I have a question for someone that can help me with maths.

What would be my advantage if I get on my first card 47% of 10 or AS instead of 5/13 ?

Thank you

What game?

If it's blackjack, what are the conditions of the game?

When you say "a 10 or Ace 47% of the time," is it still four times as likely to be a 10 as it is an Ace, and if not, how much more likely is it?

That question has many different possible answers depending on the details.

The game is blackjack with 6 decks

Yes let’s assume it’s still 4 times as likely to be a 10 as it is an ace. So let’s say something like 9.4% Ace and 37.6% 10 instead of 7.69% Ace and 30.76% 10.

Thank you very much and also if someone has the answer maybe he would be so nice to post the calculations ?

I just know getting always 10 gives 13% edge and always Ace gives 52% edge.

Thank you !

Thank you again

Quote:AZDuffmanMy question is why do some cultures use it plural "maths" vs "math" in USA?

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In the UK and Australia, since it is short for "mathematics," they use the plural.

The question that needs to be asked is, "In that case, why is it 'sports' in the USA but 'sport' in the UK?"

If you could stay focus on my subject it would be really nice from you :)

Quote:Aaron326You are very helpful :)

If you could stay focus on my subject it would be really nice from you :)

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Unfortunately, I am not well-versed in blackjack enough to know how to solve this. You have to understand that, with a change in the cards, the entire strategy changes. It's not as cut and dried as "knowing what card X will be will change the HE by N percent."

You also didn't answer one of my questions: while you say that "the probability of a 10 or Ace is 47%, is a 10 still four times as likely as an Ace? Is an Ace equally likely as a 10? Is it something else, and if so, what?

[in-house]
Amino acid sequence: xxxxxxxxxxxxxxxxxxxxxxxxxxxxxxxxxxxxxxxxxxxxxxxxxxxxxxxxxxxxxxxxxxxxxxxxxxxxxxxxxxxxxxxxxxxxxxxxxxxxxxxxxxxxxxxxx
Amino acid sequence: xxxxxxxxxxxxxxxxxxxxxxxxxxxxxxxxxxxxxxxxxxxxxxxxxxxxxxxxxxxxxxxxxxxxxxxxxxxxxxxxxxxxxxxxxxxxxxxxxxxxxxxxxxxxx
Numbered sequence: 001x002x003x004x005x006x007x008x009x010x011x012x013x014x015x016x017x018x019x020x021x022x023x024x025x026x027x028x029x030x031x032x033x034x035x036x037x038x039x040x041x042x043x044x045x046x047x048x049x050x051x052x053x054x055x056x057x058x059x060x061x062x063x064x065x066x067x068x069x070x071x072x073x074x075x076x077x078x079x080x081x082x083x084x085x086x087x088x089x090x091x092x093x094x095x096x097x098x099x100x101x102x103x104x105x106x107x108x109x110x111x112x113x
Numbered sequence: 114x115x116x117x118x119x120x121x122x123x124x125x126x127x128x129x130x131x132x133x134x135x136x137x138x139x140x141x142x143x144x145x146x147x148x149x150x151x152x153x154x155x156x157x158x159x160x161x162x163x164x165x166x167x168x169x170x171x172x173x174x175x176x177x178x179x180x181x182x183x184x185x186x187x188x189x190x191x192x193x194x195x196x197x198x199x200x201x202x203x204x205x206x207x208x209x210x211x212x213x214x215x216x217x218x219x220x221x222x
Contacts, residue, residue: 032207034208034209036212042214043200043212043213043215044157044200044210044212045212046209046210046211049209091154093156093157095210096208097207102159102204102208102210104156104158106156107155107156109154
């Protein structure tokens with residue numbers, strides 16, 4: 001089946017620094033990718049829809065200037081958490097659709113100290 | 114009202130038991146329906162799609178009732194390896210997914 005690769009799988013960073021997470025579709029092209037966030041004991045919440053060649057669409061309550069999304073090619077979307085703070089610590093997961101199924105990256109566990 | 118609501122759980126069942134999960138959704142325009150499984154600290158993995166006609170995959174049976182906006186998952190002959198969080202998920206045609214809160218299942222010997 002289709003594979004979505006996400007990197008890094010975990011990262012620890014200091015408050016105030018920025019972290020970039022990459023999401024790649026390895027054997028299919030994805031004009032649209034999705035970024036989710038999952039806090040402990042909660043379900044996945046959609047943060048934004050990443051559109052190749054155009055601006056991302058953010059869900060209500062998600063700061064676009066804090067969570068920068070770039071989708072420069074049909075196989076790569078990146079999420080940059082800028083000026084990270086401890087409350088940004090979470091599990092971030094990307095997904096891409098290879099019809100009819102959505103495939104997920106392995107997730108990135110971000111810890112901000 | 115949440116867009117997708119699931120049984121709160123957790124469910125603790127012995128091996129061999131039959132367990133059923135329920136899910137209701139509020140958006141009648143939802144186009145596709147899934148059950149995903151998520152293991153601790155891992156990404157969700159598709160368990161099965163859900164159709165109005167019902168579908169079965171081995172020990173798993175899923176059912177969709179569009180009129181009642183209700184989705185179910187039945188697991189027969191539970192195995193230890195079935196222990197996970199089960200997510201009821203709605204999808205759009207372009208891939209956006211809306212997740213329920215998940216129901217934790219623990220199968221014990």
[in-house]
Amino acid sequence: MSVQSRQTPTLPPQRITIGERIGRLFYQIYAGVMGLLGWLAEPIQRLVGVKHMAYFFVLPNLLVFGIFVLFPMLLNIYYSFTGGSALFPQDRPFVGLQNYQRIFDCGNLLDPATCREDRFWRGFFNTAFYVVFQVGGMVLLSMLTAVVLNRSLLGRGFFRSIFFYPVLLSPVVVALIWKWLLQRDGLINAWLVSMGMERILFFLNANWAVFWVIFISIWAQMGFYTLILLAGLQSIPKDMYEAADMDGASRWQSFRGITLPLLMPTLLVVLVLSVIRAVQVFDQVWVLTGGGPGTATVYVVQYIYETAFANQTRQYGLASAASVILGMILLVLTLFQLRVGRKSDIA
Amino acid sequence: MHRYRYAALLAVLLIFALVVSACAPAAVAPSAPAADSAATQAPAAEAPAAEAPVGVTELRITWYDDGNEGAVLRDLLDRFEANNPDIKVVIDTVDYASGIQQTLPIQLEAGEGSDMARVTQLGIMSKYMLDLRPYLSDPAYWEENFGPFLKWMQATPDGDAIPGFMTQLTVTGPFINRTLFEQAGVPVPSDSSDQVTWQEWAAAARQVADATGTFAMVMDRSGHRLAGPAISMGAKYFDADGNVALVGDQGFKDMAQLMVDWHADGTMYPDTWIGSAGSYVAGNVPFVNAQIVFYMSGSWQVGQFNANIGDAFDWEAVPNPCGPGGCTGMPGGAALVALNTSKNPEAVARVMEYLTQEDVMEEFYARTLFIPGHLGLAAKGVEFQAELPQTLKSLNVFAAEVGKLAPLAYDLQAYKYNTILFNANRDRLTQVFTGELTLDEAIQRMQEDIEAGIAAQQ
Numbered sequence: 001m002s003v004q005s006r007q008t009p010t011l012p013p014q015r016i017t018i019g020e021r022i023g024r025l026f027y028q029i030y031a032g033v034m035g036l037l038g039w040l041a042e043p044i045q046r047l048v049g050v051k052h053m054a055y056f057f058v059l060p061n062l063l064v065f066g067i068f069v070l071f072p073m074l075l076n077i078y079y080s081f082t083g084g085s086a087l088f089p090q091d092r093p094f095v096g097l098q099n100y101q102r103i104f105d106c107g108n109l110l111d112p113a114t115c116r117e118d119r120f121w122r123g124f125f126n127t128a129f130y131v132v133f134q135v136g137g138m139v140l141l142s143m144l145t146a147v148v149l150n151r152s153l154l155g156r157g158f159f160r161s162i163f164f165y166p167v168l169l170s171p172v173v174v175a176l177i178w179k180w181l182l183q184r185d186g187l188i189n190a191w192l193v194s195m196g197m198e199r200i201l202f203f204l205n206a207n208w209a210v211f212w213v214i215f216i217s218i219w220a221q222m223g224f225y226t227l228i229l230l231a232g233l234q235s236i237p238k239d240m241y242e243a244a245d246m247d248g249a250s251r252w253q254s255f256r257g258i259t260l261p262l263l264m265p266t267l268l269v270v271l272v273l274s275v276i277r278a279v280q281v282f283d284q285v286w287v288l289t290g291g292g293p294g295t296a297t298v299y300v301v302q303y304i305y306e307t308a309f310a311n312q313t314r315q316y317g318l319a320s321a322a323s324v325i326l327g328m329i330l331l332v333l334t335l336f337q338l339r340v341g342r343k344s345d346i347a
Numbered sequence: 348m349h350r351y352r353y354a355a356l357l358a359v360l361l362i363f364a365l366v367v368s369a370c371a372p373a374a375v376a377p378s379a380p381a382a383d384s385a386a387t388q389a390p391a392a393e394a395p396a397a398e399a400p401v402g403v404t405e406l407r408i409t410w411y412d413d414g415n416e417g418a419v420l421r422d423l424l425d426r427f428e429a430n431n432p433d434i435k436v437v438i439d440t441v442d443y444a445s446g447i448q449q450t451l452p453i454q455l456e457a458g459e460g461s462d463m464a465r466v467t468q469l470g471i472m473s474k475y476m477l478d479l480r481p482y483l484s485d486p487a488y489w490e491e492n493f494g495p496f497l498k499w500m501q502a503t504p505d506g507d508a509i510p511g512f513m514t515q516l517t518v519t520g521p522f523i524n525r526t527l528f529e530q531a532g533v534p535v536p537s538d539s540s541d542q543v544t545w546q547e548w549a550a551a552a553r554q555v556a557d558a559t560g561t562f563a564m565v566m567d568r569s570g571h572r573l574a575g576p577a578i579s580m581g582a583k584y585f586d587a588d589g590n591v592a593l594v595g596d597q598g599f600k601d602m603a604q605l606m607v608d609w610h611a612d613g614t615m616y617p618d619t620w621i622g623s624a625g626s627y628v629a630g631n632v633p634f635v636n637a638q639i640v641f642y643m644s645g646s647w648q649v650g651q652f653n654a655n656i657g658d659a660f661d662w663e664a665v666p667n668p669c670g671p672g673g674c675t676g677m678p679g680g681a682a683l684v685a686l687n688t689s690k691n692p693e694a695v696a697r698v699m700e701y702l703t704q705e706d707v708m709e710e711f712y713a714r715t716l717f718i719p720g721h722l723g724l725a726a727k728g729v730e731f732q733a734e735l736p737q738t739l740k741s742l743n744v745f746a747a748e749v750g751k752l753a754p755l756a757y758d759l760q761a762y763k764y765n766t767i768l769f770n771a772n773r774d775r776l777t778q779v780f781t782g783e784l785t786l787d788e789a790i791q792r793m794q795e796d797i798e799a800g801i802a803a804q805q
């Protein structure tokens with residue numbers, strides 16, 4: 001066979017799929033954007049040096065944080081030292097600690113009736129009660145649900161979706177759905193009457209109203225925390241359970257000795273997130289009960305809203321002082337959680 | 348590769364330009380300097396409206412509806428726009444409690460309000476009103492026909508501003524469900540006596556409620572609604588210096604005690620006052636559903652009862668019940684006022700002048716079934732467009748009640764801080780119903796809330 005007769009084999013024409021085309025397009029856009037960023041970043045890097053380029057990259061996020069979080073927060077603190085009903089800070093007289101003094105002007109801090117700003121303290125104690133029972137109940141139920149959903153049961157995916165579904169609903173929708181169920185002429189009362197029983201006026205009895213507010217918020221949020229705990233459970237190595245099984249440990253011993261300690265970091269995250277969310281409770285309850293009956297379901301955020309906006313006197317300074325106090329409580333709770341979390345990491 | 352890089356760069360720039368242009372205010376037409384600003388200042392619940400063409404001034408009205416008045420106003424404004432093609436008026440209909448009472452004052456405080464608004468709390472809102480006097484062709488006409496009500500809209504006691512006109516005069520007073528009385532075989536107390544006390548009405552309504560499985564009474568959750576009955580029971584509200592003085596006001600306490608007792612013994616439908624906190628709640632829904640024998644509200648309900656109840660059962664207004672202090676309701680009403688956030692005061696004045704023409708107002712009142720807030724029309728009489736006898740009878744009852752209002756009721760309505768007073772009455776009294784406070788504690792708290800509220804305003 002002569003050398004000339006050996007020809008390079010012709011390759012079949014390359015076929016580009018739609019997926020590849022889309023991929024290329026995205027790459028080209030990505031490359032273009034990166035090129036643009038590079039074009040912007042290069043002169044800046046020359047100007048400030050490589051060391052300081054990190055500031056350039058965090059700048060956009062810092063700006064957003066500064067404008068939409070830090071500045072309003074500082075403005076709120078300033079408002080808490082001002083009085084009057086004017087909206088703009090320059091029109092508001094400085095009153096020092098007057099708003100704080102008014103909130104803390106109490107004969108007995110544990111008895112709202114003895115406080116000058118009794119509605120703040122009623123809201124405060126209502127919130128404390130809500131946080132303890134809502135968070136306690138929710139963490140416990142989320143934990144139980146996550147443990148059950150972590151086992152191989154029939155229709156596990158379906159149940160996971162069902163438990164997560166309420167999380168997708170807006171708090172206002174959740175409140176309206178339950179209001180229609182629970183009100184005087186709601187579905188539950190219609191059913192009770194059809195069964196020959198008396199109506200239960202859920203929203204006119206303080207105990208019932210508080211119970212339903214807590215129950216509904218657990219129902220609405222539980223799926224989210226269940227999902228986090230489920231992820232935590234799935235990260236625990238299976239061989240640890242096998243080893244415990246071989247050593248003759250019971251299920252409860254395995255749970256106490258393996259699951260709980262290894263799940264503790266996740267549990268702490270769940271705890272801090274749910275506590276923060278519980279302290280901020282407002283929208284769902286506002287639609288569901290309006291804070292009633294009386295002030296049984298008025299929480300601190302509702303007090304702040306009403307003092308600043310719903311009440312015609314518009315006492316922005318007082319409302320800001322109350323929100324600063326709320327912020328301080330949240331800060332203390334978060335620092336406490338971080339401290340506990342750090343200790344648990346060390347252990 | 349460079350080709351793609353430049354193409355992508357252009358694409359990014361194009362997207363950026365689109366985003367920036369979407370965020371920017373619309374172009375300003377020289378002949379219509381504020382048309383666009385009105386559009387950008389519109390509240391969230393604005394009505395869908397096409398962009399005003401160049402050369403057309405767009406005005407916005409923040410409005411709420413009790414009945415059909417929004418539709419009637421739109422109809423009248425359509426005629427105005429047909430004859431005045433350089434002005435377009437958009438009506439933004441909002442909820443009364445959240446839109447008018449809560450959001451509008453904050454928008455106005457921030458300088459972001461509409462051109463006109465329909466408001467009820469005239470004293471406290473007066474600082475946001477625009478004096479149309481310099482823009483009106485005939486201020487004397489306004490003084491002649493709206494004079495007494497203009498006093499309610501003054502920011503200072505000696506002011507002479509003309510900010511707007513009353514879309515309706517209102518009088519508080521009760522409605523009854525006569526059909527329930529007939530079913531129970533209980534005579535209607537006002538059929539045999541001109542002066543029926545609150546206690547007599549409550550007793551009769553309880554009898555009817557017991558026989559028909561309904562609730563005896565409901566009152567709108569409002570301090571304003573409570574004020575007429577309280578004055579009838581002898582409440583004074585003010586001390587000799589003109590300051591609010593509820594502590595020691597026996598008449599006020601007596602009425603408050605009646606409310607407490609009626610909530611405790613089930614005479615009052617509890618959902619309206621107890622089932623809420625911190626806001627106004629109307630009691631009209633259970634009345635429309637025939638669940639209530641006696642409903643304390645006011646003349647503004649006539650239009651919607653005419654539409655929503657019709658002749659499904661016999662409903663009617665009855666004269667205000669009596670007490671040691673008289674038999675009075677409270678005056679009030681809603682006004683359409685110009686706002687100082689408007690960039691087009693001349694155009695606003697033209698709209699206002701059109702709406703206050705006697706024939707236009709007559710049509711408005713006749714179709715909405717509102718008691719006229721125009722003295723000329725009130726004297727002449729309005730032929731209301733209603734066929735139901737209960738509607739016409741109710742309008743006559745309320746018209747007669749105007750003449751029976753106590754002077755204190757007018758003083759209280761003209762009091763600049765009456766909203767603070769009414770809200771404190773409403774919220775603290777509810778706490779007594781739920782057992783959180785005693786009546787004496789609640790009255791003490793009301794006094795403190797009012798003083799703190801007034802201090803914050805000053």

Quote:ThatDonGuyQuote:AZDuffmanMy question is why do some cultures use it plural "maths" vs "math" in USA?

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In the UK and Australia, since it is short for "mathematics," they use the plural.

The question that needs to be asked is, "In that case, why is it 'sports' in the USA but 'sport' in the UK?"

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First part, thanks. I have never had a good answer to that. I am assuming "mathematics" is a less formal word outside the USA? In the USA the full word "mathematics" is only used in the most formal ways, say a department title at a college. "Math" is all most people use.

As to the second part, well, Brits drive on the wrong side of the road as well, we can only help out so much.

On a slightly more serious note, I have been asked why the USA uses a moneyline but everyone else uses odds. I say, "we don't use the metric system, either."

Quote:Aaron326Thank you for your answer,

The game is blackjack with 6 decks

Yes let’s assume it’s still 4 times as likely to be a 10 as it is an ace. So let’s say something like 9.4% Ace and 37.6% 10 instead of 7.69% Ace and 30.76% 10.

Thank you very much and also if someone has the answer maybe he would be so nice to post the calculations ?

I just know getting always 10 gives 13% edge and always Ace gives 52% edge.

Thank you !

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Aaron326,

Since I don't know all the rules, I'll ASSUME the overall player edge based on 6 (regular) decks and the other house rules is -0.5%, or, to put it another way, the house edge is 0.5%. I'll also ASSUME that your values for 1st card X of +13% and 1st card A of +52% are also accurate.

First question: if the 1st card is 2 through 9, what is the average (negative) player edge?

For 6 regular decks (so ignoring for the moment your increased X & A probabilities), the overall player edge E is given by this equation:

E = (prob A)*(A edge) + (prob X)*(X edge) + (prob 2-9)*(2-9 edge)

Solving gives:

(2-9 edge) = {E - (prob A)*(A edge) - (prob X)*(X edge)}/(prob 2-9)

So

(2-9 edge) = {-0.5% - (1/13)*52% - (4/13)*13%}/(8/13) = -13.81...%

Let's call it -14% for a 1st card of 2-9.

Ok, now we can analyze your situation!

Given your probabilities, your edge is

E = (prob A)*(A edge) + (prob X)*(X edge) + (prob 2-9)*(2-9 edge)

E = (0.094)*52% + (0.376)*13% + (1-0.094-0.376)*(-14%) = +2.356%

Woo HOO!!! MAX BET!

Hope this helps!

Dog Hand

I assume the player uses standard basic strategy. The player advantage would be higher if he used optimum strategy for this card distribution.